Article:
By: Clay Doherty, USAID
USAID’s Office of Development Partners (ODP) and the Bureau for Economic Growth, Agriculture, and Trade (EGAT) sponsored a panel discussion on “Measuring the Impact of Sports on Youth Development” on Tuesday, March 1st. Over 125 guests and staff heard from NGO leadership who work with sports as a platform for youth development and spoke on the evaluation techniques for measuring the impact of these programs.
“This was a great opportunity for USAID staff and our external stakeholders to discuss how sports impacts the work we do in development,” said Mori Taheripour, Senior Alliance Officer in PSA/ODP, who organized the event. “Our panelists offered perspectives that show not only the impact of the work on the communities that they serve but also helped bridge the gap between observed impact and evidence-based outcomes that continue to challenge this industry.”
The panelists included Paul Teeple from Partners of the Americas: A Ganar Alliance; Maria Bobenreith, of Women Win; Kirk Friederich of Grassroot Soccer; and Brendan Tuohey of Peace Players International. PeacePlayers International and A Ganar are both USAID-funded programs.
Moderated by Kenneth Shropshire, of the Wharton Sports Business Initiative, the panel highlighted the ability for sports to serve as a powerful platform for youth development. USAID currently operates youth programs in over forty countries around the world and over 280 sports-based programs.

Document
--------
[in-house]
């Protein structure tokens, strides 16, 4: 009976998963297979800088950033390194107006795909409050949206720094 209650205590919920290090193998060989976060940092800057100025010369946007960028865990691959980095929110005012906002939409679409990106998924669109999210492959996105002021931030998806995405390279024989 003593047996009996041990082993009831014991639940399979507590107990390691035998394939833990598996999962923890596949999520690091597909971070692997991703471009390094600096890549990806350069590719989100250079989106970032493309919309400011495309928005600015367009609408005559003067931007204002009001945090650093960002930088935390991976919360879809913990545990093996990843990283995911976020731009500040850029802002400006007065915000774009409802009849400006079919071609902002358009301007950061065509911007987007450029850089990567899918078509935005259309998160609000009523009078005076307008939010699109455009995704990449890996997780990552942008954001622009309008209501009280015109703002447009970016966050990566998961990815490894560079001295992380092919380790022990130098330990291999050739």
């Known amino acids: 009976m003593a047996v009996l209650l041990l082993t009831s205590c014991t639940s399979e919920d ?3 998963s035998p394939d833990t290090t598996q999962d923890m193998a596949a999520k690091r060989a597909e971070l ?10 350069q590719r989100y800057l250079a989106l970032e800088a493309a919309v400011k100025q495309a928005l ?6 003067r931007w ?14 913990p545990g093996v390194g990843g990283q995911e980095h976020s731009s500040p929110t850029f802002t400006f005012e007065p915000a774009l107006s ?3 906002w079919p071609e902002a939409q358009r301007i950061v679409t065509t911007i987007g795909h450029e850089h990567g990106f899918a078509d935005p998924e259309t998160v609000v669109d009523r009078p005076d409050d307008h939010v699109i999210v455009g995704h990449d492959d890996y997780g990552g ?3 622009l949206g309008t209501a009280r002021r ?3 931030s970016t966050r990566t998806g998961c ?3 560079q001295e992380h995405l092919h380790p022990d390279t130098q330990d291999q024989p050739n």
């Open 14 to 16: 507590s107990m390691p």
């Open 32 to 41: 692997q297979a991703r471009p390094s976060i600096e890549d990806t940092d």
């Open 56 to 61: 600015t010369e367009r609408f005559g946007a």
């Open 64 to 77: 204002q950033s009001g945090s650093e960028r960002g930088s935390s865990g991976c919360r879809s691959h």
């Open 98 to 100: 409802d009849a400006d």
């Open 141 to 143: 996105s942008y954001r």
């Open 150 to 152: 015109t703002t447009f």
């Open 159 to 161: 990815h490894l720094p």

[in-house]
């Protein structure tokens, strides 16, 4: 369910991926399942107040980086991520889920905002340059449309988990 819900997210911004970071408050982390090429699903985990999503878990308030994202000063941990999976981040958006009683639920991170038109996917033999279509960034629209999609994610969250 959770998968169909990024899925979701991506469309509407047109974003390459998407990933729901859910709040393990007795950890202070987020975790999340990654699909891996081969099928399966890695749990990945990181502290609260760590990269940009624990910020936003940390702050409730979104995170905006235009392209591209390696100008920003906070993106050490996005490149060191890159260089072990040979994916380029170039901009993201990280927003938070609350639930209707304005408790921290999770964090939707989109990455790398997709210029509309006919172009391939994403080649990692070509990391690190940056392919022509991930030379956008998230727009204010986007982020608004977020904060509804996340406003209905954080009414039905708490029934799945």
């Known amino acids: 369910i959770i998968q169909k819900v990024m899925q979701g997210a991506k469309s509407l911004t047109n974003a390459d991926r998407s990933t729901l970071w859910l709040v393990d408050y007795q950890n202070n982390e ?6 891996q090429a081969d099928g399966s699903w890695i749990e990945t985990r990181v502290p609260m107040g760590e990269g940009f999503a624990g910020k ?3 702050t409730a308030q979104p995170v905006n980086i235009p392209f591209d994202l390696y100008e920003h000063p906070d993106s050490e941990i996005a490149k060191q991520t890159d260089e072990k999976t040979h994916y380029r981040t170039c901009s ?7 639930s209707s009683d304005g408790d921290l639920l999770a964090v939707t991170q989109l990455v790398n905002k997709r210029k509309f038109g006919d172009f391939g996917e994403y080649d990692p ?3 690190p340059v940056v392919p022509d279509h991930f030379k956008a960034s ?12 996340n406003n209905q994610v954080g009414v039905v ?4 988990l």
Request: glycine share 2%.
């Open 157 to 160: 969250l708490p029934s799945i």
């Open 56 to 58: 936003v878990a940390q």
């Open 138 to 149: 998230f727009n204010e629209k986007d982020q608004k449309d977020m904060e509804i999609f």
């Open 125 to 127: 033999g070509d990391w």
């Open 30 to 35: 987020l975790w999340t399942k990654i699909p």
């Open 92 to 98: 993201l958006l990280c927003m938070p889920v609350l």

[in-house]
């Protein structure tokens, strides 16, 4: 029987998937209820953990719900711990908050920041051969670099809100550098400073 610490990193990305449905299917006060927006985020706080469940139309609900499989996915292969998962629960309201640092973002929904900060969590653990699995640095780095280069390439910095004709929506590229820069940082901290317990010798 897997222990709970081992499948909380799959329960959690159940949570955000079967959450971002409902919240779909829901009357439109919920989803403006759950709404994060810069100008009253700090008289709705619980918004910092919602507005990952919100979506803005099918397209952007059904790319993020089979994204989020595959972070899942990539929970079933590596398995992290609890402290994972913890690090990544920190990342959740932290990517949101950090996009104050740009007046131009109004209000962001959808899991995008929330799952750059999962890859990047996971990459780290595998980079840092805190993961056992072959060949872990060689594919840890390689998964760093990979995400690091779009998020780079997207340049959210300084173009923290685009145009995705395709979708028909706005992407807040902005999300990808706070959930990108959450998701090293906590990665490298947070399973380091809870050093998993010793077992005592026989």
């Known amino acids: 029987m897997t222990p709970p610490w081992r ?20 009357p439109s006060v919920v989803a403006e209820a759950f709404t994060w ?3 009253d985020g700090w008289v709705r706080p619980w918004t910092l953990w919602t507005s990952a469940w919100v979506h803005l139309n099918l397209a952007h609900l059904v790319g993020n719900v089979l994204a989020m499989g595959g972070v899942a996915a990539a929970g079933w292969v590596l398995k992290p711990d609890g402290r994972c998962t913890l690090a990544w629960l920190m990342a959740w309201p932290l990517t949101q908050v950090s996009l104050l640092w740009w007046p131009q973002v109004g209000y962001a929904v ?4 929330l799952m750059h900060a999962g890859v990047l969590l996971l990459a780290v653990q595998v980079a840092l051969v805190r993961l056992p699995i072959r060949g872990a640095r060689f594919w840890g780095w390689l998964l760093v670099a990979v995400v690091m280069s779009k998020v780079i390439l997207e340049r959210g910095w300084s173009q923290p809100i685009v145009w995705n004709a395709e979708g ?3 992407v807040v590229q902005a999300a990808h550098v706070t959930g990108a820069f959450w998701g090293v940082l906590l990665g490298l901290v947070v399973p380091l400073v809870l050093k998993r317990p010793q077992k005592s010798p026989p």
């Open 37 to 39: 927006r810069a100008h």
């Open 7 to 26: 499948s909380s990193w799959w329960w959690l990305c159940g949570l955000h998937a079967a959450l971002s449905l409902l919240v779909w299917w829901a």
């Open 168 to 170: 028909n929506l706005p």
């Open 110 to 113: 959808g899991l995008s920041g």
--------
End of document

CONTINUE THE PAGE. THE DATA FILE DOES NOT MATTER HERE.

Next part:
Sports-based youth programs have been used to address a variety of development issues, and the diversity of panelists highlighted represented the unique ability of sport, as a platform for development, to address a broad range of sectors including peace and conflict, gender inequality, health, education and economic development.
Panelists discussed how they use evaluation tools and the challenges that they face in seeking data-driven and rigorous evaluation methodology. They shared a variety of anecdotal examples that truly capture the essence and “magic” of their work, but continue in many ways to struggle with balancing anecdotal and hard data, not wanting to lose the intangible, less obvious impact of their work. The discussion explored several issues related to evaluating the impact of sports activities including: how to measure impact over the long-term; how to measure return on investment; and several methods, including the use of interviews to obtain meaningful, unbiased responses. Panelists identified the need to develop better tools for capturing the impact of sports on youth development and noted that USAID could play an important, convening role in this area.
USAID’s Youth Advisor, Erin Mazursky mentioned that the event was the kick-off of a series of youth-focused activities and events that will roll out over the next couple of months. “Focusing on youth is a priority for the agency,” she said. “The recent events in the Middle East have shown that youth have proven that they are not just the next generation of change-makers, but a generation that is right now very much affecting the course of history.”